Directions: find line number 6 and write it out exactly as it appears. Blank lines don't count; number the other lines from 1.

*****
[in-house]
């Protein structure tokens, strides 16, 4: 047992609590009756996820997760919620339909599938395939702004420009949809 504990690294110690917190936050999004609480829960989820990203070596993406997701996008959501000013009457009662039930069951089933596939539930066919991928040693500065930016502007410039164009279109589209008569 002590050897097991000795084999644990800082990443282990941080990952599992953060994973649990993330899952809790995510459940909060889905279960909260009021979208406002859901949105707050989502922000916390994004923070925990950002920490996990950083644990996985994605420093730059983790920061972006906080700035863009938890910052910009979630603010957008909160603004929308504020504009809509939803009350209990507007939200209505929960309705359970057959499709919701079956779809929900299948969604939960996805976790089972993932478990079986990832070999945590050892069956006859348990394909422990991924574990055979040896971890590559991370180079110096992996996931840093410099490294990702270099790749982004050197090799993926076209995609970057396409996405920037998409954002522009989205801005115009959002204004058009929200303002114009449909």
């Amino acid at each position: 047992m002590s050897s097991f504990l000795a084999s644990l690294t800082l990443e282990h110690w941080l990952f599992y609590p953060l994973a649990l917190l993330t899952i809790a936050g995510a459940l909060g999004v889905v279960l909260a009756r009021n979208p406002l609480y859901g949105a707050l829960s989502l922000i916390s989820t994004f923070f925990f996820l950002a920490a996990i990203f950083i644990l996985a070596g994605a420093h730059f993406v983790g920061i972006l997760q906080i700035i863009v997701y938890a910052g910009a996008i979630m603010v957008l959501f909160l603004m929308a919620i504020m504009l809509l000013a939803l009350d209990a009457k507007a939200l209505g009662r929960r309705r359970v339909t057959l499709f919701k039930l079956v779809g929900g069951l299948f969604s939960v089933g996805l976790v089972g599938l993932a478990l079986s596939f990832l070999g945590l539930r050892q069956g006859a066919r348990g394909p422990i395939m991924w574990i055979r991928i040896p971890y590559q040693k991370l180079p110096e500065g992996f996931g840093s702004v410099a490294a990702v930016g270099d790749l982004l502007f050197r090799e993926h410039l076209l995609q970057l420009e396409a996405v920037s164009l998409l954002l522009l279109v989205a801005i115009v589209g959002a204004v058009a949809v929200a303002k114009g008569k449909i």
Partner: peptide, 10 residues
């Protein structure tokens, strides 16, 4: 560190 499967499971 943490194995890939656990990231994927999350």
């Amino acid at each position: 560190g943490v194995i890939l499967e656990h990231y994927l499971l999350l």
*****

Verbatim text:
């Amino acid at each position: 560190g943490v194995i890939l499967e656990h990231y994927l499971l999350l």